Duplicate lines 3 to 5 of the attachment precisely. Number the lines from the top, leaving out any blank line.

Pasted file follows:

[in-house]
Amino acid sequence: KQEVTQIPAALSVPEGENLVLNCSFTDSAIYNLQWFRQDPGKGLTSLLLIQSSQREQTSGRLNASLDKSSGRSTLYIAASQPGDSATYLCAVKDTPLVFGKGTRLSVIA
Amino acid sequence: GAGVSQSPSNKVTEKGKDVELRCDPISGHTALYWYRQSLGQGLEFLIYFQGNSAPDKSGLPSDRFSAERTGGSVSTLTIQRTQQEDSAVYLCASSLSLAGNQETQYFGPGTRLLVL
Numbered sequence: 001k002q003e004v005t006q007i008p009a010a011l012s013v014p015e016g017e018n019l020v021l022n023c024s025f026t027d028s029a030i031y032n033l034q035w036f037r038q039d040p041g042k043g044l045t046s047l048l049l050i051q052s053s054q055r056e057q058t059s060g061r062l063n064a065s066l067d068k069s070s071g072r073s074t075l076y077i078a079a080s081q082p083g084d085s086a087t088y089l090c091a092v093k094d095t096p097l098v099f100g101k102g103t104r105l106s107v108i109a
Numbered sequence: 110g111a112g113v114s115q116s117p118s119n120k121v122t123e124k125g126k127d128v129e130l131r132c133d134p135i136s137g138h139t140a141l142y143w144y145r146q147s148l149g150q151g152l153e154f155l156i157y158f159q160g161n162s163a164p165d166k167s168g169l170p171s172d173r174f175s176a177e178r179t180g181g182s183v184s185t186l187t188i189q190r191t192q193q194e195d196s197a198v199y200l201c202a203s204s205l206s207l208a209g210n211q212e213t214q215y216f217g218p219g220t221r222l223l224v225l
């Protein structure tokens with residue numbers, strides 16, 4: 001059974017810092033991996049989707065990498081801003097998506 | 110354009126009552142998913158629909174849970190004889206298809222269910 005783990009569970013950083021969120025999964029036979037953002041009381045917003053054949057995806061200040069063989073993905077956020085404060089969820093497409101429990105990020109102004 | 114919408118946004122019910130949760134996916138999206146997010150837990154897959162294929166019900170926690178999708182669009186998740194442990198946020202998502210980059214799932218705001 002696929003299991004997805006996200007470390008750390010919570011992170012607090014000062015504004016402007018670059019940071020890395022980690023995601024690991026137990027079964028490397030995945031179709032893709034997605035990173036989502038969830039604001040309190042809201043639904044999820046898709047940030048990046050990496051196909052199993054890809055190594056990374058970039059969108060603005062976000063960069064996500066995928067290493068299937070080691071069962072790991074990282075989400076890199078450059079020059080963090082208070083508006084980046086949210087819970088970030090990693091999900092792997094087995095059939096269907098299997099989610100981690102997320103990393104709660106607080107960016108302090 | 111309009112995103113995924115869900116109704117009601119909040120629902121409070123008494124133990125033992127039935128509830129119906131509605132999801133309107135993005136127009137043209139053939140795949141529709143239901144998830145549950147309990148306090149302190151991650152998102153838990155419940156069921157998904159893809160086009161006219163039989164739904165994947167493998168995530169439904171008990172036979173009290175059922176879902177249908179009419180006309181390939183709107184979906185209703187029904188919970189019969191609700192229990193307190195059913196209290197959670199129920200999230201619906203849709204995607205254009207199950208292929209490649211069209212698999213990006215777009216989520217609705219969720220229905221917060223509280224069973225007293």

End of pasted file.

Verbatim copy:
Amino acid sequence: GAGVSQSPSNKVTEKGKDVELRCDPISGHTALYWYRQSLGQGLEFLIYFQGNSAPDKSGLPSDRFSAERTGGSVSTLTIQRTQQEDSAVYLCASSLSLAGNQETQYFGPGTRLLVL
Numbered sequence: 001k002q003e004v005t006q007i008p009a010a011l012s013v014p015e016g017e018n019l020v021l022n023c024s025f026t027d028s029a030i031y032n033l034q035w036f037r038q039d040p041g042k043g044l045t046s047l048l049l050i051q052s053s054q055r056e057q058t059s060g061r062l063n064a065s066l067d068k069s070s071g072r073s074t075l076y077i078a079a080s081q082p083g084d085s086a087t088y089l090c091a092v093k094d095t096p097l098v099f100g101k102g103t104r105l106s107v108i109a
Numbered sequence: 110g111a112g113v114s115q116s117p118s119n120k121v122t123e124k125g126k127d128v129e130l131r132c133d134p135i136s137g138h139t140a141l142y143w144y145r146q147s148l149g150q151g152l153e154f155l156i157y158f159q160g161n162s163a164p165d166k167s168g169l170p171s172d173r174f175s176a177e178r179t180g181g182s183v184s185t186l187t188i189q190r191t192q193q194e195d196s197a198v199y200l201c202a203s204s205l206s207l208a209g210n211q212e213t214q215y216f217g218p219g220t221r222l223l224v225l